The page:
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Calliope, by inter arts (or is it intra?), I basically meant a festival including multiple forms of performing arts - so I guess I was a bit redundant in my suggestion. :)

All of these ideas that have been proposed sound good... Washington sounds really with it in its approach - was that since Septime Webre's administration - and why did it end? Does it all hinge on finances and if it does or doesn't - how does one suggest these types of ideas to the ears that need to hear?

And Leigh, in NYC it does seem to me that there are a fair number of smaller companies ... although I'm sure you are much more aware ... but what if they came together in sort of a "review"? For example, I know there is either about to be, or already has been, something like this at City Center ... ostensibly so different promotors or ? can see different companies perform in order to book them for different programs in different cities. So why not do something like this and invite the general public too? Tickets would have to be cheaper.

The whole premise of bringing the ballet to the people is a great one... and maybe the schools/colleges are the places to do it, however in the elementary or preparatory grades it would be awfully helpful to include the parents because these kids need their parents to buy the tickets to other events and/or accompany them to the performances. Jacques D'Amboise's program is probably one of the best in this area, don't you think?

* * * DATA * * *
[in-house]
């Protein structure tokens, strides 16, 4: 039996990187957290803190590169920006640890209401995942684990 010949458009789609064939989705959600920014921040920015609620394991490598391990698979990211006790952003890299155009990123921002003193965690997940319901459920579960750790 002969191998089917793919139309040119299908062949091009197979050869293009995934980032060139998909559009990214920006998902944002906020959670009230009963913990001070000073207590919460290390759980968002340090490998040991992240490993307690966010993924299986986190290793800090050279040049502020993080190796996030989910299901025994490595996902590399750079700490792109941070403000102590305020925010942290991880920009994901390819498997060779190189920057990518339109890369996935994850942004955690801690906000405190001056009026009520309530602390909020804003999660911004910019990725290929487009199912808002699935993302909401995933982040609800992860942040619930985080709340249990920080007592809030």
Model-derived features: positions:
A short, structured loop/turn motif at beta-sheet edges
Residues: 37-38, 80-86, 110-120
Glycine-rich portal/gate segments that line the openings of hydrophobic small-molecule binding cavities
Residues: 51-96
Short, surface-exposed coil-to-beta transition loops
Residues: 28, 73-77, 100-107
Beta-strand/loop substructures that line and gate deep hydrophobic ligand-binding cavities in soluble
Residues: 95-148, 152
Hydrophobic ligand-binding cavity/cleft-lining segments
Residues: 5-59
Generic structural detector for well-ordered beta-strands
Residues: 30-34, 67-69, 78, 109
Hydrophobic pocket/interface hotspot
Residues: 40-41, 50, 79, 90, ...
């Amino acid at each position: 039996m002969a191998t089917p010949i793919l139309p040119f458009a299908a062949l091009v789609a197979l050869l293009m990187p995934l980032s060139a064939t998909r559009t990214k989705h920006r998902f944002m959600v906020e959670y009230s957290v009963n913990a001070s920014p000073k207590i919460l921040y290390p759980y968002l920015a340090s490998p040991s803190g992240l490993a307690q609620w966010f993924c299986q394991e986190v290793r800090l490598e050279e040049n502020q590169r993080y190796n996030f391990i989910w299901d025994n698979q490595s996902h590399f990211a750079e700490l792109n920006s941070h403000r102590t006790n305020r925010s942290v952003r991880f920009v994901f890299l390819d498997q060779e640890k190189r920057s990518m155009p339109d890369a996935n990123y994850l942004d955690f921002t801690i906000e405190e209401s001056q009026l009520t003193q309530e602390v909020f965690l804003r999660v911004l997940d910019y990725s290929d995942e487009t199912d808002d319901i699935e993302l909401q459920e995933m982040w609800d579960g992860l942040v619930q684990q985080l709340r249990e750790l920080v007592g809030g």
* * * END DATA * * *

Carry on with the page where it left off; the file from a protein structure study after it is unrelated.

And as The Joyce was mentioned - they do (or used to) have a pretty neat deal...where one's child becomes a member and subscribes to a certain number of performances (at a reduced rate) and their parent can buy a ticket at a good price as well. On their website they offer a good deal for regular membership and tickets now: http://www.joyce.org/order00.html

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It really is a good idea BW. Someone has to organize it (it takes a TON of work to coordinate several independent companies in a joint performance. A good friend of mine did it for a choral festival. It was a full time job, and you'd be amazed at the level of detail you need - and what people don't tell you - like they're using props, or smoke, or they need special lighting, that they figure they can deal with when they get there. Multiply that by 40 ;) )

Before organizing it, there's got to be money, too. The bigger the venue (which is what people pool resources to get) the more costly. New York theaters are terrifyingly expensive. For example, the normal budget for doing a two-day three show run at John Jay is just under $20,000. John Jay is nowhere near the cost of the Joyce or several other houses in NY.

The multi-company booking event you're talking about is APAP - a meeting of the Association for Performing Arts Presenters. It's an expense to participate (What people have said is to really staff a booth properly and put on a performance will cost around 10K. This doesn't include the cost of creating marketing material.)